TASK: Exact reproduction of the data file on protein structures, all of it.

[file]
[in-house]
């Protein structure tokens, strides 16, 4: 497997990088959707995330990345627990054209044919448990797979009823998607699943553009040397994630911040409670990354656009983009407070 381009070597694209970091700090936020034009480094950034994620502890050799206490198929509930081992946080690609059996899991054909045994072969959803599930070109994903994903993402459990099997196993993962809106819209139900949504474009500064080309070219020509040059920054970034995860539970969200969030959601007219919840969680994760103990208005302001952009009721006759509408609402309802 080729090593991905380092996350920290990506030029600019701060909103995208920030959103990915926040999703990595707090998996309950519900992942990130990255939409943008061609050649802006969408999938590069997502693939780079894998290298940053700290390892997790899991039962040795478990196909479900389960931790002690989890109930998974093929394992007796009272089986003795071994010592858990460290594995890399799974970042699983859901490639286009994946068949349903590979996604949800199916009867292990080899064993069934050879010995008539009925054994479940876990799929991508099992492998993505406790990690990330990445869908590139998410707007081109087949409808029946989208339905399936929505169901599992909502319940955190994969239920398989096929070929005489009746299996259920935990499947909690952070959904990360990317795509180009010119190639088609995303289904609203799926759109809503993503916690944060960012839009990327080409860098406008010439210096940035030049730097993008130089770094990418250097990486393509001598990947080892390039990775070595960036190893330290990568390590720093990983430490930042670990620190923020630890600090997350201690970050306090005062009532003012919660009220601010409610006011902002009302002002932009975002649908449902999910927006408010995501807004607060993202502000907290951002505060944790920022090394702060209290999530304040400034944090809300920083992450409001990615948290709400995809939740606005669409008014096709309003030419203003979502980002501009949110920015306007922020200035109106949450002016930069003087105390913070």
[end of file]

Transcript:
[in-house]
């Protein structure tokens, strides 16, 4: 497997990088959707995330990345627990054209044919448990797979009823998607699943553009040397994630911040409670990354656009983009407070 381009070597694209970091700090936020034009480094950034994620502890050799206490198929509930081992946080690609059996899991054909045994072969959803599930070109994903994903993402459990099997196993993962809106819209139900949504474009500064080309070219020509040059920054970034995860539970969200969030959601007219919840969680994760103990208005302001952009009721006759509408609402309802 080729090593991905380092996350920290990506030029600019701060909103995208920030959103990915926040999703990595707090998996309950519900992942990130990255939409943008061609050649802006969408999938590069997502693939780079894998290298940053700290390892997790899991039962040795478990196909479900389960931790002690989890109930998974093929394992007796009272089986003795071994010592858990460290594995890399799974970042699983859901490639286009994946068949349903590979996604949800199916009867292990080899064993069934050879010995008539009925054994479940876990799929991508099992492998993505406790990690990330990445869908590139998410707007081109087949409808029946989208339905399936929505169901599992909502319940955190994969239920398989096929070929005489009746299996259920935990499947909690952070959904990360990317795509180009010119190639088609995303289904609203799926759109809503993503916690944060960012839009990327080409860098406008010439210096940035030049730097993008130089770094990418250097990486393509001598990947080892390039990775070595960036190893330290990568390590720093990983430490930042670990620190923020630890600090997350201690970050306090005062009532003012919660009220601010409610006011902002009302002002932009975002649908449902999910927006408010995501807004607060993202502000907290951002505060944790920022090394702060209290999530304040400034944090809300920083992450409001990615948290709400995809939740606005669409008014096709309003030419203003979502980002501009949110920015306007922020200035109106949450002016930069003087105390913070």